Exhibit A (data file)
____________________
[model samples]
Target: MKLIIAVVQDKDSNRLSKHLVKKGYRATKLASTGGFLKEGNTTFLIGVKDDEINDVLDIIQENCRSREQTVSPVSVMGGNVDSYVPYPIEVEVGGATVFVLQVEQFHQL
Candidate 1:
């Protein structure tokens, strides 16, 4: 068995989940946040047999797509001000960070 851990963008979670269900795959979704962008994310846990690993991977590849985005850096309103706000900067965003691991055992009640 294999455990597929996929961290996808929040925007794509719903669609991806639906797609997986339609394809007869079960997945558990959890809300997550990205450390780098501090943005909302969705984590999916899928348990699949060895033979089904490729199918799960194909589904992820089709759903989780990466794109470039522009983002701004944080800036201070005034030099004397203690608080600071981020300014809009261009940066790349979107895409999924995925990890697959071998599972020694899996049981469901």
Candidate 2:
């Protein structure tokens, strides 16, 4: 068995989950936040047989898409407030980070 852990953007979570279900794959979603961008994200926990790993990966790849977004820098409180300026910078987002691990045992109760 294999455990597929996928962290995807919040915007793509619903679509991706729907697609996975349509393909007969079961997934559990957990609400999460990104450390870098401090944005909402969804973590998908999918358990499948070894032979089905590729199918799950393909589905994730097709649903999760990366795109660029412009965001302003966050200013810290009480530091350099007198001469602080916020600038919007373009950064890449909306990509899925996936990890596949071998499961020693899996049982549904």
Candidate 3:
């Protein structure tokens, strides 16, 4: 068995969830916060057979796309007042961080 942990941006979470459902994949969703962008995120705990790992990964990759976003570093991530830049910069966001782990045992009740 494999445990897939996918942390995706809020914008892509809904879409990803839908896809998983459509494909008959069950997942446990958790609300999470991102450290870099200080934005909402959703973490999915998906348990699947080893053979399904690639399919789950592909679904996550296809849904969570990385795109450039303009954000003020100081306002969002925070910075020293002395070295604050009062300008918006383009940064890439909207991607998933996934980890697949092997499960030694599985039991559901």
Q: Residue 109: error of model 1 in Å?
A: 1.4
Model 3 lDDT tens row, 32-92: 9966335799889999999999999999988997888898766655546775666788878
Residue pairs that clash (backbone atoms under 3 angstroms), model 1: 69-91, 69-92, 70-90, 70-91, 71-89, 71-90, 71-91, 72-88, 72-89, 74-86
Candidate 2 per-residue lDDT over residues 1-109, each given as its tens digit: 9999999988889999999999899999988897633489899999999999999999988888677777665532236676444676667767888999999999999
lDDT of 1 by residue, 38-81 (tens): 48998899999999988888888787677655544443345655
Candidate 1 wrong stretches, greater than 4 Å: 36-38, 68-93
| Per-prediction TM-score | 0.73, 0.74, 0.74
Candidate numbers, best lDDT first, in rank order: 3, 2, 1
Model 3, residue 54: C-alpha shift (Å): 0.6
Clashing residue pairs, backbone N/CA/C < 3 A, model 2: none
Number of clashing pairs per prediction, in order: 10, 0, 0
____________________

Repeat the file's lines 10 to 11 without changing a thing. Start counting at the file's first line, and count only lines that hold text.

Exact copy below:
A: 1.4
Model 3 lDDT tens row, 32-92: 9966335799889999999999999999988997888898766655546775666788878